The goal is to offer people a way to produce an aspired building material for the ones in need of a home through a collective ceremonial celebration.
By Aimilios Davlantis Lo, Harvard GSD
Published: May 2018
This project focuses on alternative housing construction strategies through community upgrading in Jessore, rural Bangladesh. By empowering locals with opportunities and self-growth, people can revive their pride of meaningful agrarian life, that would then tackle the problem of urbanization.
In fall 2017, I traveled to a small village called Palpara located in Chowgachha Jessore, western Bangladesh. Nature still rules in these parts of the Ganges delta. along with people's wisdom in adapting and negotiating with nature’s will to live in harmony and symbiotically. Through several family interviews, community gatherings, as well as a hands-on local construction workshop, the problem of poor housing construction and lack of access to available building resources came to the surface.
Concerning domestic shelter, community architects engage with the locals to start their housing development solutions defining clear strategies and goals that can spread to all communities. It is a community upgrading process where poor people help poor people by organizing themselves through creating savings groups for housing. In this process, there will be a mechanism to get financial, technical, legal, planning, and design assistance from several organizations.
After the people's exposure to industrialized brick as a construction material, everyone aspires to have a home made out of brick. Bangladesh sits on abundant soil that could surely turn into bricks. However, bricks are expensive making them a luxury item marking social status. There are numerous local brick manufacturers, but they produce bricks commonly used in commercial/institutional structures.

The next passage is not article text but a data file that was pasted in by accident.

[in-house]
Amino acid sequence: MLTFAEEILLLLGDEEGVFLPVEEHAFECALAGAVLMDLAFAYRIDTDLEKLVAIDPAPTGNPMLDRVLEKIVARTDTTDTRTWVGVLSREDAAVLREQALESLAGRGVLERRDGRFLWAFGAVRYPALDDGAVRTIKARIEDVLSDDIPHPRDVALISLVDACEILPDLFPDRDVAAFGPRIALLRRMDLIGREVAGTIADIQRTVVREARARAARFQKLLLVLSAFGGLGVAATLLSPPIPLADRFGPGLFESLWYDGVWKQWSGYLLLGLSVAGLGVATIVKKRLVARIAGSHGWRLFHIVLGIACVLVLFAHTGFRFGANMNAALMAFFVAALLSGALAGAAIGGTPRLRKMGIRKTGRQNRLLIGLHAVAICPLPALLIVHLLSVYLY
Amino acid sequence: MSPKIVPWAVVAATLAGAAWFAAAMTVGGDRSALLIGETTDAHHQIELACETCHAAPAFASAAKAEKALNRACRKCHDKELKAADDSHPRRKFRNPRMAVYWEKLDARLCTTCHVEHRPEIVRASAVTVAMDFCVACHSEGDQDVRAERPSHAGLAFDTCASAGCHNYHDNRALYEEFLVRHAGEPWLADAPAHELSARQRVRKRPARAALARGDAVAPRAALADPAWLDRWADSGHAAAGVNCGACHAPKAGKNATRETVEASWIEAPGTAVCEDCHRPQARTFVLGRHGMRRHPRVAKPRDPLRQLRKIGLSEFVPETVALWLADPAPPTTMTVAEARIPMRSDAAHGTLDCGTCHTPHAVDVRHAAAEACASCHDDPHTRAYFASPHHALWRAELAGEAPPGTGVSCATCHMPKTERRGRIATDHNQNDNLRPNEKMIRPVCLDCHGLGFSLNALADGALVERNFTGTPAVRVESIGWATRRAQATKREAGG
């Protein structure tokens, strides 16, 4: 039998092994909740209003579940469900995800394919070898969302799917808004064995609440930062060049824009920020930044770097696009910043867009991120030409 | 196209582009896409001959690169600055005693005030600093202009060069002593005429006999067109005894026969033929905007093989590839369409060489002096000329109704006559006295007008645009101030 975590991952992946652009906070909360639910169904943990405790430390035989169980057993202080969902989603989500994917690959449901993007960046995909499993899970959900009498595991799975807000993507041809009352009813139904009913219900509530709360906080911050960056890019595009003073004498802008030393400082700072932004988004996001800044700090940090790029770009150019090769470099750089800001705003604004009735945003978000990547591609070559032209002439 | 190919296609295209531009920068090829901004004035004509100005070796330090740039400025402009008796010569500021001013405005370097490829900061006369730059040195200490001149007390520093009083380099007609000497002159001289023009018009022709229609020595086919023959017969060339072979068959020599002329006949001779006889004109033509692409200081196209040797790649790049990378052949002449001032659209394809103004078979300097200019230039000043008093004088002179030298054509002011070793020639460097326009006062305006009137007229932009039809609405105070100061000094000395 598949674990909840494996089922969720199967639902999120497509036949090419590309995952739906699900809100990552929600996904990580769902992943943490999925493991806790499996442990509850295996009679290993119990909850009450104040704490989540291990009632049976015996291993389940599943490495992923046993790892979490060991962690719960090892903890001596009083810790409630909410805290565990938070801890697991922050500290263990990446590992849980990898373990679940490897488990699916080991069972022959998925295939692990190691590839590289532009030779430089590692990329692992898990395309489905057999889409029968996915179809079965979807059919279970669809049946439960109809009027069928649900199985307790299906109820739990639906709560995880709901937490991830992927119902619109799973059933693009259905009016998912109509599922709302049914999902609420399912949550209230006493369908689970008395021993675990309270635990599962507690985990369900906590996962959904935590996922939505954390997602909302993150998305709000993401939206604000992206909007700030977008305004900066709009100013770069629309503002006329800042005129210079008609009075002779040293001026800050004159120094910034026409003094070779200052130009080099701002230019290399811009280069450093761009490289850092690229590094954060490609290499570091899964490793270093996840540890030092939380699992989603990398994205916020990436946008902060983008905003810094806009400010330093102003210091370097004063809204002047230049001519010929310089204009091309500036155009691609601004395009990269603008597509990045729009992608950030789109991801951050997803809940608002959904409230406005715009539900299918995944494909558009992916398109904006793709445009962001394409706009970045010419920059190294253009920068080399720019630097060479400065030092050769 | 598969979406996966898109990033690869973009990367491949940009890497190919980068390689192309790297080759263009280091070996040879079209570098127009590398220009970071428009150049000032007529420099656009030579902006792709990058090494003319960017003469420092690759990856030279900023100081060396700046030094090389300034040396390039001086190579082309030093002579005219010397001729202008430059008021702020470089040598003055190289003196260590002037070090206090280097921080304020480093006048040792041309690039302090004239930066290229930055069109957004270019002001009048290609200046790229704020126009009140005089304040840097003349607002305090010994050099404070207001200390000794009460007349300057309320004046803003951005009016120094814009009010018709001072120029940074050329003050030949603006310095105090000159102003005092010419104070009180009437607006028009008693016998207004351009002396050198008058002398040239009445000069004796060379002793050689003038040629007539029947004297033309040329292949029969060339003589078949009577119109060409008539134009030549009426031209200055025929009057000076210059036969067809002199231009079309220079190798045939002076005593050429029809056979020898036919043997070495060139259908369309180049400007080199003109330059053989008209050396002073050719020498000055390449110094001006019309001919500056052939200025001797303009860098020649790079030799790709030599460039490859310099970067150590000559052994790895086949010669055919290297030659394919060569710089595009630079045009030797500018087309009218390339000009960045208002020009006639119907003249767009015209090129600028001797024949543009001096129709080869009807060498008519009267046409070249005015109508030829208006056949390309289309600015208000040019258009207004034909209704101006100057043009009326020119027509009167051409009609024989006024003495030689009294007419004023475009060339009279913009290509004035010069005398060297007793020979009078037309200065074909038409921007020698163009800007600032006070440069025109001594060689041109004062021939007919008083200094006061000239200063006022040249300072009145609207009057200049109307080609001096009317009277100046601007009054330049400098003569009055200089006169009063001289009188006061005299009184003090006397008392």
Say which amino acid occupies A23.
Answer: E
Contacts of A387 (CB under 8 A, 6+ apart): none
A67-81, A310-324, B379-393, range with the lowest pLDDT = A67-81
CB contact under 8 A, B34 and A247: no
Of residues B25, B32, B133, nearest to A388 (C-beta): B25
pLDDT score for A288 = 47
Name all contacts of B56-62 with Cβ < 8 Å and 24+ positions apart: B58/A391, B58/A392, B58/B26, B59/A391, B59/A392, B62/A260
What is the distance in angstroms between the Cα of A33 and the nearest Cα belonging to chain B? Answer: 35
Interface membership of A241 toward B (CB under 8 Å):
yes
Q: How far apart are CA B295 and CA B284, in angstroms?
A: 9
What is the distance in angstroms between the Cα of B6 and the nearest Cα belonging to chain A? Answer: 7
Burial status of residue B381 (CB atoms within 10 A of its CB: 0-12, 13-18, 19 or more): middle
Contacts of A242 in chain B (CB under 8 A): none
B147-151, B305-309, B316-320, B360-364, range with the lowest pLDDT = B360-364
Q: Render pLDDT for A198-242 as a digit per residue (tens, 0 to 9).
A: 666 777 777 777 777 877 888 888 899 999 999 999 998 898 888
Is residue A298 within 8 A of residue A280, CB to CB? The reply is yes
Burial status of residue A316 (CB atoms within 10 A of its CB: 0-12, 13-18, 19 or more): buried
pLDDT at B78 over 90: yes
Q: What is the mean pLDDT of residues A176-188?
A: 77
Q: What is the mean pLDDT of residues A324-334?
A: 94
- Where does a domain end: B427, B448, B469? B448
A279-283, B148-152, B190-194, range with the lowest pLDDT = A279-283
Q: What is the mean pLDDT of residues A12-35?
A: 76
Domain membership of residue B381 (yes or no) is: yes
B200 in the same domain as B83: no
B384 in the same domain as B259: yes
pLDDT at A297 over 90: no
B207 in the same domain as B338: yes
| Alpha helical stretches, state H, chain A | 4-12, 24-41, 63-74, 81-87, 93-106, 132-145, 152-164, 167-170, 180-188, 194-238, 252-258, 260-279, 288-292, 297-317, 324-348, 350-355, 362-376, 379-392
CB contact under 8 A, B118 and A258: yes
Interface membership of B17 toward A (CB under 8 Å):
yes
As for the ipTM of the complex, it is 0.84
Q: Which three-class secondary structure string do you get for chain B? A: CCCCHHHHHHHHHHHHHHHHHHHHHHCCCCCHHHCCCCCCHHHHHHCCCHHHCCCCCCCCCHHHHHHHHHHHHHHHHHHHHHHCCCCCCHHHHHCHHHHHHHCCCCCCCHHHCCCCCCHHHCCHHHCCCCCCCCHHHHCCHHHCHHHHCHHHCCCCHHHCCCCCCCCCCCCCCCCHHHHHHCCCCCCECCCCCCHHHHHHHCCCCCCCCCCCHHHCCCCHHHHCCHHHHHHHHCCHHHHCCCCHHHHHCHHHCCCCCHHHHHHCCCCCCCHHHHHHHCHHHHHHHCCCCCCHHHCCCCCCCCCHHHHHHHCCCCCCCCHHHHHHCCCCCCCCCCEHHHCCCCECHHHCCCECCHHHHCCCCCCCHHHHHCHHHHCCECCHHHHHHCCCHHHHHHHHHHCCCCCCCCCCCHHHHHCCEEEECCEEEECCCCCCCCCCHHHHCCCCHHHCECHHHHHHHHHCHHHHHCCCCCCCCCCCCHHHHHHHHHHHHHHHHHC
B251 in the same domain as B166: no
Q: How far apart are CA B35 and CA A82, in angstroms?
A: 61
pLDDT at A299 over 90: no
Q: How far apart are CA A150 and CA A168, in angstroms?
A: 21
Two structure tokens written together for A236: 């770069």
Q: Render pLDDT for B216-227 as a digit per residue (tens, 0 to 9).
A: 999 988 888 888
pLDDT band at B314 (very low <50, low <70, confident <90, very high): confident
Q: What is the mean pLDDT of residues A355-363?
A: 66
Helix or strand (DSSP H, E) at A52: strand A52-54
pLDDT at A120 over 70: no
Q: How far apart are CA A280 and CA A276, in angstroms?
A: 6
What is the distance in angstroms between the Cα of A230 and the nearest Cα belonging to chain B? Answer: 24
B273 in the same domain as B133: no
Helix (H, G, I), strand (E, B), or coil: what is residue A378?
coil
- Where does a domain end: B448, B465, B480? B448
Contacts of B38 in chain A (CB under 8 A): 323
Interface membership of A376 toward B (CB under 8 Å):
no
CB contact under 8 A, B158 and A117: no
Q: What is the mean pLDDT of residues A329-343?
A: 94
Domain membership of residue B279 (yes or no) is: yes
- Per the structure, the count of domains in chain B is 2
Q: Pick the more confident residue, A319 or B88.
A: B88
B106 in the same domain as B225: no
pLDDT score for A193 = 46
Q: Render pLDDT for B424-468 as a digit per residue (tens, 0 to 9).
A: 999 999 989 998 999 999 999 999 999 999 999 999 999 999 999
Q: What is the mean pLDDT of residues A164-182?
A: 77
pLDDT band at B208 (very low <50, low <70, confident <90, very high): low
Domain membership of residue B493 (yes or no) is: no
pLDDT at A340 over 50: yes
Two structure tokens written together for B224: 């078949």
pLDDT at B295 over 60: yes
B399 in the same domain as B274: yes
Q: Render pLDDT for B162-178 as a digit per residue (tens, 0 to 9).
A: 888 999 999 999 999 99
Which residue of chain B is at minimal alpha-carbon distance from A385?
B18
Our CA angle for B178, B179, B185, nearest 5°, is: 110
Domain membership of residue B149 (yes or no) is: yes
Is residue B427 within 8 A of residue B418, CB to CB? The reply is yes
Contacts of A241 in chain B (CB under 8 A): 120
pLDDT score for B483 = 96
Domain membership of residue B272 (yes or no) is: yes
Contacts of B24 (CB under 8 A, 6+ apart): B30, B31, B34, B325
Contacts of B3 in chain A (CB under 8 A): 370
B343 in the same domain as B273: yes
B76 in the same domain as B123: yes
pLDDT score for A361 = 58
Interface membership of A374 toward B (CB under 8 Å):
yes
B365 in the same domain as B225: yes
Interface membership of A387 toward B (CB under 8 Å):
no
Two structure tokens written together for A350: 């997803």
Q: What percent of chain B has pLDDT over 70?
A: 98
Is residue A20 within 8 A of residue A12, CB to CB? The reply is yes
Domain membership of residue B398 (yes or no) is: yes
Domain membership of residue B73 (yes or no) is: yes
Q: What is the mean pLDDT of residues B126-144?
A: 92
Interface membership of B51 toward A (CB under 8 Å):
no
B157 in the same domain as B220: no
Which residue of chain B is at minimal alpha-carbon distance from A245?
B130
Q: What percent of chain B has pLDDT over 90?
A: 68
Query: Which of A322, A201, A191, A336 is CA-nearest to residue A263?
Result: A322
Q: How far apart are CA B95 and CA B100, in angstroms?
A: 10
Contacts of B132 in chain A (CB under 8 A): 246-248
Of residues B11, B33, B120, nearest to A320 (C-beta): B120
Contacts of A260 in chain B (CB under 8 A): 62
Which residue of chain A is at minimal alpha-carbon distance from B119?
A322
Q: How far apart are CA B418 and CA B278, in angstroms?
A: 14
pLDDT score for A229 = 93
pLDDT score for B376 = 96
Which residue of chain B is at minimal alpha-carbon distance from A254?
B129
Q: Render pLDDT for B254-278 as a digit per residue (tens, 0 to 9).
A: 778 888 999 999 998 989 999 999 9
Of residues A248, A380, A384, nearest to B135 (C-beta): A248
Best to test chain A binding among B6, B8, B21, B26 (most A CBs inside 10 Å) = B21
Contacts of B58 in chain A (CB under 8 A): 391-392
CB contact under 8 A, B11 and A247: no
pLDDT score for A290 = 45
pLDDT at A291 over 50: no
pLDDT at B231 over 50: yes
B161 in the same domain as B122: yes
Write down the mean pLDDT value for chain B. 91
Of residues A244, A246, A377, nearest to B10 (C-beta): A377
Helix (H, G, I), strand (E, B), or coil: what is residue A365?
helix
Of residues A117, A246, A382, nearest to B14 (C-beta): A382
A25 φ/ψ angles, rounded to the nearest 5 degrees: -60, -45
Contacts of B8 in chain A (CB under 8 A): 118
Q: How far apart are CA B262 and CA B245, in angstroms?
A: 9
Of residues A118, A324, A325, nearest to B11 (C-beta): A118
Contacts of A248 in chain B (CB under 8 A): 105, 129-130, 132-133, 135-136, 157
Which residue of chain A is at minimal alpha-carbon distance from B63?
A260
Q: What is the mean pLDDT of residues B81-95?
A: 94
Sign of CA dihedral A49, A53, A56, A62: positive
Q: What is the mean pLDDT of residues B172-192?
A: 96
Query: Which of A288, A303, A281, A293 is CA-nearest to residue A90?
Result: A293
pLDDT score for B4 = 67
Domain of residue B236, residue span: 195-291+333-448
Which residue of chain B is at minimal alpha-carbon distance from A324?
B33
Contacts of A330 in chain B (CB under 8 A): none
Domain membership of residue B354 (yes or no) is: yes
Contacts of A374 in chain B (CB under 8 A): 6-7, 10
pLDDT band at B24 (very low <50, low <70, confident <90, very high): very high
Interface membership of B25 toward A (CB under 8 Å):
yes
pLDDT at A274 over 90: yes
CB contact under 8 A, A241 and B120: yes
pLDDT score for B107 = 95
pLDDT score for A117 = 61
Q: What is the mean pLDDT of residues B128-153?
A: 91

The project undertakes this predicament by proposing a set of construction drawings for a modified local dump truck which will house a small brick factory that would include a soil mixer, a molding apparatus, and a wood-fired kiln. This mobile brick factory would be in motion, from village to village during the fall and spring festivities. The goal is to help people make a tool that would to ceremoniously gather locals together to collectively celebrate the creation of the aspired building material for the ones in need of a new home. The tool becomes a catalyst to stimulate the community’s social capital and a humble model for community upgrading.
There are thirteen festivals throughout the year, each lasting several days. Each day a truck can mix, mold and fire 2000 bricks with a minimum of 5 people. That means that during every festivity the people can build a stack of bricks enough for a small masonry home.
AIMILIOS DAVLANTIS LO
Aimilios Davlantis Lo was born in Greece and grew up as the son of two practicing architects. He graduated from the Cooper Union with a professional degree in architecture, and he is currently studying at Harvard's Graduate School of Design, under the MArch II program. Aimilios is a passionate maker, and in parallel to education, he makes time to focus on the practice of mechanical arts. In Fall of 2017, he had the opportunity to travel to Bangladesh and get a first-hand experience of Bengal's vibrant rural life.
Spaces of Solidarity is initiated, developed and curated by FAST: Foundation for Achieving Seamless Territory and generously supported by The Auschwitz Institute for Peace and Reconciliation and Harvard Graduate School of Design
Cristina Ampatzidou, Galit Eilat
Malkit Shoshan, Pelin Tan
Visual artist and graphics: